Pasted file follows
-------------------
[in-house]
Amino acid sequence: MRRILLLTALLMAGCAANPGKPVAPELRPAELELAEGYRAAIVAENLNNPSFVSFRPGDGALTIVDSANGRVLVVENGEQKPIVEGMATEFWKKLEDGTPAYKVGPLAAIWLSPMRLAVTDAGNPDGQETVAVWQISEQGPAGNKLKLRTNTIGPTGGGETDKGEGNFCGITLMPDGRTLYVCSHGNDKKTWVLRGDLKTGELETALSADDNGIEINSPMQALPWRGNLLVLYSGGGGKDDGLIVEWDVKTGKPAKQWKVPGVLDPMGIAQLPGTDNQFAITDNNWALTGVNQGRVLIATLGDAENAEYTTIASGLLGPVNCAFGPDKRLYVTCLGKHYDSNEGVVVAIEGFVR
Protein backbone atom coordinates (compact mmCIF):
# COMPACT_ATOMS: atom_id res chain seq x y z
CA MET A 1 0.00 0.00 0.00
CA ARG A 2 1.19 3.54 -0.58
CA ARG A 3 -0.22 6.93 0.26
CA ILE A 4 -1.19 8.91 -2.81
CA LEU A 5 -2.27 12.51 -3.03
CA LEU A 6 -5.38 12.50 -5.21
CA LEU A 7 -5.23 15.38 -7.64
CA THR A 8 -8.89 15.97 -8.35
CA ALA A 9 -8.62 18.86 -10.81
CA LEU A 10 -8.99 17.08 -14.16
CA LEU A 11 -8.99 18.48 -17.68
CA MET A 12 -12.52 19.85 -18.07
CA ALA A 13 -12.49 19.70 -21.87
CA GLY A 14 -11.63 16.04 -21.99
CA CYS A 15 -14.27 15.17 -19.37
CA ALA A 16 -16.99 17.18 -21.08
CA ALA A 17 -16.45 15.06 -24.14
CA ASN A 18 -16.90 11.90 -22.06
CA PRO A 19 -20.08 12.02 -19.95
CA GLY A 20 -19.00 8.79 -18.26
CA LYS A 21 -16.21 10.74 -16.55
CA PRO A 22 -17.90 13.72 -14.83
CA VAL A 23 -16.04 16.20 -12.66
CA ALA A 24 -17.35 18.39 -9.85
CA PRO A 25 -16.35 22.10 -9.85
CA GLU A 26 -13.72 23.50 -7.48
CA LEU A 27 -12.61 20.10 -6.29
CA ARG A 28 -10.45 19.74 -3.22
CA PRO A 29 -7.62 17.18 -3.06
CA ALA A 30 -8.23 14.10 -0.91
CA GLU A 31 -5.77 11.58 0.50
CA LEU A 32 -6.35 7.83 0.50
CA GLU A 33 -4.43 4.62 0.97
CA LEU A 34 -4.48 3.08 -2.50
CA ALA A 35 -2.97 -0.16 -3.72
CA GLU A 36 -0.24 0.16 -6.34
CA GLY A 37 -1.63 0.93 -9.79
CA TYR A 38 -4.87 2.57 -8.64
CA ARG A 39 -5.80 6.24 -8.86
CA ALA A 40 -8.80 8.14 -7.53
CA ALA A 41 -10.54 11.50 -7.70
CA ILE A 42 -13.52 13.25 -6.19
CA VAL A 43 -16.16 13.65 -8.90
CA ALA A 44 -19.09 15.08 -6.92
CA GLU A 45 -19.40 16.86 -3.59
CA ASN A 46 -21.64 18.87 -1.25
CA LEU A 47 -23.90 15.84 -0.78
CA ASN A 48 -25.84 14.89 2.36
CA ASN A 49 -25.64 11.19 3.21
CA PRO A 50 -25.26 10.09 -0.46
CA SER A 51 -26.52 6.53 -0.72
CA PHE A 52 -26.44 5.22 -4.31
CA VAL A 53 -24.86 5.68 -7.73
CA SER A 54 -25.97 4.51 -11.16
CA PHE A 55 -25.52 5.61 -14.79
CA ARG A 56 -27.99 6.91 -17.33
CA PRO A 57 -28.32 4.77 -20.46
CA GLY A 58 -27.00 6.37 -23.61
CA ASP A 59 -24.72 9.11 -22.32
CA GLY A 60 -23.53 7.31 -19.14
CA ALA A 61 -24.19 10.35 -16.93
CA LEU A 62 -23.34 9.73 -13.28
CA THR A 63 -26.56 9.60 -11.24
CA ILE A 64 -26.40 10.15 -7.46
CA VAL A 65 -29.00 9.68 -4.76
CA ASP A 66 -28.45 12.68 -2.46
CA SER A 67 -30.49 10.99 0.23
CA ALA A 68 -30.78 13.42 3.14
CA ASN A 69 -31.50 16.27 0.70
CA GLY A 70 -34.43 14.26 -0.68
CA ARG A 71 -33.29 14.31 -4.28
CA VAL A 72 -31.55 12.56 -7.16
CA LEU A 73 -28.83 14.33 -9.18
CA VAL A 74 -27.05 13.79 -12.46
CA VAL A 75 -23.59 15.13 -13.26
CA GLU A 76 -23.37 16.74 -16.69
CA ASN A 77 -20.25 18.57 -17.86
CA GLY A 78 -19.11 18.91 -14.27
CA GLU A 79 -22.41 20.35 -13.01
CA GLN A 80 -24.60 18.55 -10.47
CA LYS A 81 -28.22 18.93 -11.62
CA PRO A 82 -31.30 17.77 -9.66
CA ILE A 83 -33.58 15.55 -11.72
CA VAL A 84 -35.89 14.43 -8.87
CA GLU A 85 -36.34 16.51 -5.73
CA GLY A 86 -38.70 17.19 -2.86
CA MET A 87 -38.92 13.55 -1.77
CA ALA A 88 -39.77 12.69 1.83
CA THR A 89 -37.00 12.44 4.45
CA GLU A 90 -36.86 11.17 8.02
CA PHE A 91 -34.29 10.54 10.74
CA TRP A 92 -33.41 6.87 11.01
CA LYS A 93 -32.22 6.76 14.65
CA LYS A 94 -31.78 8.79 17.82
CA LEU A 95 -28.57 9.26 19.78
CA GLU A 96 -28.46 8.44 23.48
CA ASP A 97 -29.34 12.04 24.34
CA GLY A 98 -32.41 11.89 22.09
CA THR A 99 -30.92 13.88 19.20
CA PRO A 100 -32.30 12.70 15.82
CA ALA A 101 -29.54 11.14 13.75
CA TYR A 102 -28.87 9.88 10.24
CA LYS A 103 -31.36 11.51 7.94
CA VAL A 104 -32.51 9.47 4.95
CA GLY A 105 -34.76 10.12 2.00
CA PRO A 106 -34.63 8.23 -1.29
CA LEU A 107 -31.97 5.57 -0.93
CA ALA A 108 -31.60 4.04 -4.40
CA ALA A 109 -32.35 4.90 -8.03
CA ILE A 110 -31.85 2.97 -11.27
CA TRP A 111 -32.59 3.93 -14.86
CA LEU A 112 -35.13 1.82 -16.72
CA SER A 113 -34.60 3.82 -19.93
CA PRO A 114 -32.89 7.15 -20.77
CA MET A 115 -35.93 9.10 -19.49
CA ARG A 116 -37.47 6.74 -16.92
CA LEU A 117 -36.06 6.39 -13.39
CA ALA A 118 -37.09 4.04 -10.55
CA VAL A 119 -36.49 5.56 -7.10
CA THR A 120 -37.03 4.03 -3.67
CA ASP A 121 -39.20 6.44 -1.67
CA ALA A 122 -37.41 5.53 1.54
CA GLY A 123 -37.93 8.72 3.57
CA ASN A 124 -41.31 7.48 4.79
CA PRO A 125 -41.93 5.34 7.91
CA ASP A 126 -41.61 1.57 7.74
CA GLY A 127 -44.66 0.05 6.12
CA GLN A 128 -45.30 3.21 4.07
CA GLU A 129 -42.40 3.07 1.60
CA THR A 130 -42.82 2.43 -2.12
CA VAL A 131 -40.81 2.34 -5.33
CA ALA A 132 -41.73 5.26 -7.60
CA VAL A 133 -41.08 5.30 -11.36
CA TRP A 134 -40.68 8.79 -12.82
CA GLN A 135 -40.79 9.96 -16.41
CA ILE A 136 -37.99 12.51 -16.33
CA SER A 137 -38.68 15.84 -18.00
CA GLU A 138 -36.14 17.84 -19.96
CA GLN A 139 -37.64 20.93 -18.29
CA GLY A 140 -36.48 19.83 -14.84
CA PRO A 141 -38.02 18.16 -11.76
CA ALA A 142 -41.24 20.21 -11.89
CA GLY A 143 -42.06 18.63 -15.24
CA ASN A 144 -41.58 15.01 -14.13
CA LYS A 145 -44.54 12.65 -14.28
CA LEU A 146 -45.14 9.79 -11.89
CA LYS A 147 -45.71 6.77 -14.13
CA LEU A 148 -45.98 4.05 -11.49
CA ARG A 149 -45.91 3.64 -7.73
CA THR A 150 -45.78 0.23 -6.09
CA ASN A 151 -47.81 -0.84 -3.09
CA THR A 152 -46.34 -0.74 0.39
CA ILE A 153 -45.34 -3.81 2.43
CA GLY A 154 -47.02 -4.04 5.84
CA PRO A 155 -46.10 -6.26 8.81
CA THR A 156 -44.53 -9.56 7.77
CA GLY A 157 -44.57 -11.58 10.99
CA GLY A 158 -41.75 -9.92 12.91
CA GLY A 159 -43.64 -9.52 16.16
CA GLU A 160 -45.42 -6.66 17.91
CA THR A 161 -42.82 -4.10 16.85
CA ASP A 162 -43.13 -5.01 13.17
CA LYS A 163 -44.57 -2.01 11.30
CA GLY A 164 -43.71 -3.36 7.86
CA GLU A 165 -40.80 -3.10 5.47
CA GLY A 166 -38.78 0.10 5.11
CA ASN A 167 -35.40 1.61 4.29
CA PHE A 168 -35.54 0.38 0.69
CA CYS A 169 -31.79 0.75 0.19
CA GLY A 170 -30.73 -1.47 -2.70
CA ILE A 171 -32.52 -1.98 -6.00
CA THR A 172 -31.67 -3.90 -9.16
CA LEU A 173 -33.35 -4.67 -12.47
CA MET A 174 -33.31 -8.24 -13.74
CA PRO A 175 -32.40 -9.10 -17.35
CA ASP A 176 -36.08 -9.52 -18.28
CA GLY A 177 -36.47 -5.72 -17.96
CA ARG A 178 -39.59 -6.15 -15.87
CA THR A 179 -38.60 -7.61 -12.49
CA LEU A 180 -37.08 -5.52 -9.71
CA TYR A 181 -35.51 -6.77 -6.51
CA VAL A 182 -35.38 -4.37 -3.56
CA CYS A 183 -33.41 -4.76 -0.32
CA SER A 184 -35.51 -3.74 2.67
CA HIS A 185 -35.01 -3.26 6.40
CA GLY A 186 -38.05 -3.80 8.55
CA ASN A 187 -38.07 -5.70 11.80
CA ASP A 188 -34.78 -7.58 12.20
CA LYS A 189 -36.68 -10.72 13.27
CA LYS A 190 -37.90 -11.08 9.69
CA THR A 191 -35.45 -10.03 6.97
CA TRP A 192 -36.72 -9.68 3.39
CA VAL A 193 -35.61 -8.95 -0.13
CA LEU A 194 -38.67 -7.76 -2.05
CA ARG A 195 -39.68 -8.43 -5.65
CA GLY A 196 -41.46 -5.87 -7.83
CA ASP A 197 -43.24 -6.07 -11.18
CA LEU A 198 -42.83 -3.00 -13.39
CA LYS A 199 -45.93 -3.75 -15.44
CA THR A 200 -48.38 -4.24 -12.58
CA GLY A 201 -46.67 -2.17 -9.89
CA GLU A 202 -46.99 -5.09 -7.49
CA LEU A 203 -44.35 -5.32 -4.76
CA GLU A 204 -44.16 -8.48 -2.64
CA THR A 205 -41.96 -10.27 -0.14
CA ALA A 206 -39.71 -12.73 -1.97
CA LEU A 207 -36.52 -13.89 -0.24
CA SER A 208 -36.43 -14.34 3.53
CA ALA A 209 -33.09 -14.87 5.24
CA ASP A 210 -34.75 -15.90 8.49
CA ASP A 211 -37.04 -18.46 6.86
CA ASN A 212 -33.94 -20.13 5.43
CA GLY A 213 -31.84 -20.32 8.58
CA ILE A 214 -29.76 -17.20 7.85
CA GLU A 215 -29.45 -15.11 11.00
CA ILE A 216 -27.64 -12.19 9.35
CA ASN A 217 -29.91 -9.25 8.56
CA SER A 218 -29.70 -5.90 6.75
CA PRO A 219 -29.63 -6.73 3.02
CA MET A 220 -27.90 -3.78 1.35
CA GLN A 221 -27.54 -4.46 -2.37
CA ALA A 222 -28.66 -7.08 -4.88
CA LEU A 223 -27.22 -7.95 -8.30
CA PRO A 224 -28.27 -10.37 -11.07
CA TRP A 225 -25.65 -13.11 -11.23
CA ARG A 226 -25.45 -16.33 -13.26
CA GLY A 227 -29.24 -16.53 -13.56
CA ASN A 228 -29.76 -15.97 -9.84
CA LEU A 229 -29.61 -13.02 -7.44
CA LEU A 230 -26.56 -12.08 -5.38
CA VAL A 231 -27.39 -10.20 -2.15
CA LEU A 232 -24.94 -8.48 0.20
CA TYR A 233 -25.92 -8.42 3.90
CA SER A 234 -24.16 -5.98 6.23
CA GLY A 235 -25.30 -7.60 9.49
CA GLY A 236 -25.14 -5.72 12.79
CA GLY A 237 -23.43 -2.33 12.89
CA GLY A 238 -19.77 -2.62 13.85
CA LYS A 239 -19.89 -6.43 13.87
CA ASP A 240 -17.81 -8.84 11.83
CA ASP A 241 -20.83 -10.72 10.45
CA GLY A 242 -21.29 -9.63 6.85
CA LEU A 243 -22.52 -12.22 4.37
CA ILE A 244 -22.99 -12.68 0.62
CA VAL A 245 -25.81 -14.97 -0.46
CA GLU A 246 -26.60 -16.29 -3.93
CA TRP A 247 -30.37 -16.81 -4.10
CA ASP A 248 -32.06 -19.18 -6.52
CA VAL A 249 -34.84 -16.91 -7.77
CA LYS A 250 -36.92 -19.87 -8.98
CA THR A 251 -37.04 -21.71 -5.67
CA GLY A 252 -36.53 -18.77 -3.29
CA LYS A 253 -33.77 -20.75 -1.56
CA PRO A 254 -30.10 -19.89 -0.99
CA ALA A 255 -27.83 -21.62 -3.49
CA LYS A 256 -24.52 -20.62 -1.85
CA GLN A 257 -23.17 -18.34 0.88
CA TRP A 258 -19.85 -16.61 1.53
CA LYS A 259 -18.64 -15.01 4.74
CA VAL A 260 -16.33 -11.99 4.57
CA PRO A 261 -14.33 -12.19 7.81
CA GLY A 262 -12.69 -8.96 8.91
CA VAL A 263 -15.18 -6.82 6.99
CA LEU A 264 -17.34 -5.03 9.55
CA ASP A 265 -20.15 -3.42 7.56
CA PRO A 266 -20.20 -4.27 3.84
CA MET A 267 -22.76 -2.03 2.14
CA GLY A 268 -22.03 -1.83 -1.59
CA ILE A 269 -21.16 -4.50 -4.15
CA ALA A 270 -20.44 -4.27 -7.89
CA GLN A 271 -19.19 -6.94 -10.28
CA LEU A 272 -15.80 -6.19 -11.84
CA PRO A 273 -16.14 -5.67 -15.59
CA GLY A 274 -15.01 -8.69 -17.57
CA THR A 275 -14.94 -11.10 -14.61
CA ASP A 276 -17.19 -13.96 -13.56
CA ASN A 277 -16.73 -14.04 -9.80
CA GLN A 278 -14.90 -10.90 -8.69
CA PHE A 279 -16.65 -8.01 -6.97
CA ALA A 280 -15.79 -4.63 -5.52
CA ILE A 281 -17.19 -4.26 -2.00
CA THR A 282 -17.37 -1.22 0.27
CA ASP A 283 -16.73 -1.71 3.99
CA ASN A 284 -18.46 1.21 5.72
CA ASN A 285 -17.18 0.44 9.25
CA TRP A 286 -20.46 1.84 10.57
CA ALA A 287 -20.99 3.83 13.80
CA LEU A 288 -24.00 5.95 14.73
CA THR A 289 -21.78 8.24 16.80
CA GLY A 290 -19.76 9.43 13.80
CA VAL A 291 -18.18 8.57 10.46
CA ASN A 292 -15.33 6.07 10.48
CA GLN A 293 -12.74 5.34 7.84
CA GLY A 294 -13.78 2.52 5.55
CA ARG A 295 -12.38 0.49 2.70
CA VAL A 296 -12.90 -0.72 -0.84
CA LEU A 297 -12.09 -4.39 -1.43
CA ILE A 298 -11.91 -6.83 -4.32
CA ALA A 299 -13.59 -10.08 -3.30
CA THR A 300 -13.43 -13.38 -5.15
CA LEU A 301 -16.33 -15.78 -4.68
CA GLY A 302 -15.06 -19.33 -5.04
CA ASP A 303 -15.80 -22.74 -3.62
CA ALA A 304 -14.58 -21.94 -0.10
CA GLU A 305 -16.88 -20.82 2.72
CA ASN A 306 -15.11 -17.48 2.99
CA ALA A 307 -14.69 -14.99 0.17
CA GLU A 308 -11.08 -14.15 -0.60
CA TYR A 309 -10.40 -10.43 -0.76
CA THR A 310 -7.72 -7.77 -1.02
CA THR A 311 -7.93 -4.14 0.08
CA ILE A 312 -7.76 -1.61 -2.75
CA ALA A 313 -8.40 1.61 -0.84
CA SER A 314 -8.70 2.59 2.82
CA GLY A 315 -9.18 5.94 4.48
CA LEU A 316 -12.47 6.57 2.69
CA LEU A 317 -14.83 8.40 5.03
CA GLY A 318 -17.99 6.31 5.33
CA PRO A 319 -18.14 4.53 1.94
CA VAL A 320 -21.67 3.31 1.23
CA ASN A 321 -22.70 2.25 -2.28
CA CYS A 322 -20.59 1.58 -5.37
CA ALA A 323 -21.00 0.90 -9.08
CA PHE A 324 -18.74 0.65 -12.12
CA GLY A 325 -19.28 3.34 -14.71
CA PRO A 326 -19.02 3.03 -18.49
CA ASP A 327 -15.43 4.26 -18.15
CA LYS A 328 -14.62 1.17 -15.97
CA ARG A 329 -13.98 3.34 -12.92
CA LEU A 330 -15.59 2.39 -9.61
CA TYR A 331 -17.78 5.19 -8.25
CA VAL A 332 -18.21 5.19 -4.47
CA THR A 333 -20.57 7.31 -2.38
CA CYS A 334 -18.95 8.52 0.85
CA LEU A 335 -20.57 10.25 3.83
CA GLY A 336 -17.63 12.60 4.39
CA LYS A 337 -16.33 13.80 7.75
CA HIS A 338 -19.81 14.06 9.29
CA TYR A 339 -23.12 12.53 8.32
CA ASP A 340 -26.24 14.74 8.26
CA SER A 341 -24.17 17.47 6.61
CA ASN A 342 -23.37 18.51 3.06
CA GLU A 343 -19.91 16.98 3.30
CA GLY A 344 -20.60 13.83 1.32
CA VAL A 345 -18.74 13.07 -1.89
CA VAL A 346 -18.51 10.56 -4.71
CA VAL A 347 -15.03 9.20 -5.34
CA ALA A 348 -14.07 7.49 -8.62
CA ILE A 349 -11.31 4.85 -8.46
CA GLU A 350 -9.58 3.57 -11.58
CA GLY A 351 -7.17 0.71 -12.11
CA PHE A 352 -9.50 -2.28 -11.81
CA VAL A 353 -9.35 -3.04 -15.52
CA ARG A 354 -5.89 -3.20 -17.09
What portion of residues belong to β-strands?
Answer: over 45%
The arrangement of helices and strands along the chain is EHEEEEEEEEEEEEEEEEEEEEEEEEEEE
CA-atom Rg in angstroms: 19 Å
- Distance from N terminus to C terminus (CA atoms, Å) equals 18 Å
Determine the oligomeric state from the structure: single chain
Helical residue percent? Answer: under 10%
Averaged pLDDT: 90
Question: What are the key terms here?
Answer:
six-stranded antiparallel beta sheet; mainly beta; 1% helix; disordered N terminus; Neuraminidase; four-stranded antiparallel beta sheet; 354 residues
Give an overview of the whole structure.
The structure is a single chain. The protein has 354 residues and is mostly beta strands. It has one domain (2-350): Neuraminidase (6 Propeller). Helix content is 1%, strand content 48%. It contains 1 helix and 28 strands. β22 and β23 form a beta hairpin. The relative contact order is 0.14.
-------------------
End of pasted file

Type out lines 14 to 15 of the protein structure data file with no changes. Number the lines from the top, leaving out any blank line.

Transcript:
CA LEU A 10 -8.99 17.08 -14.16
CA LEU A 11 -8.99 18.48 -17.68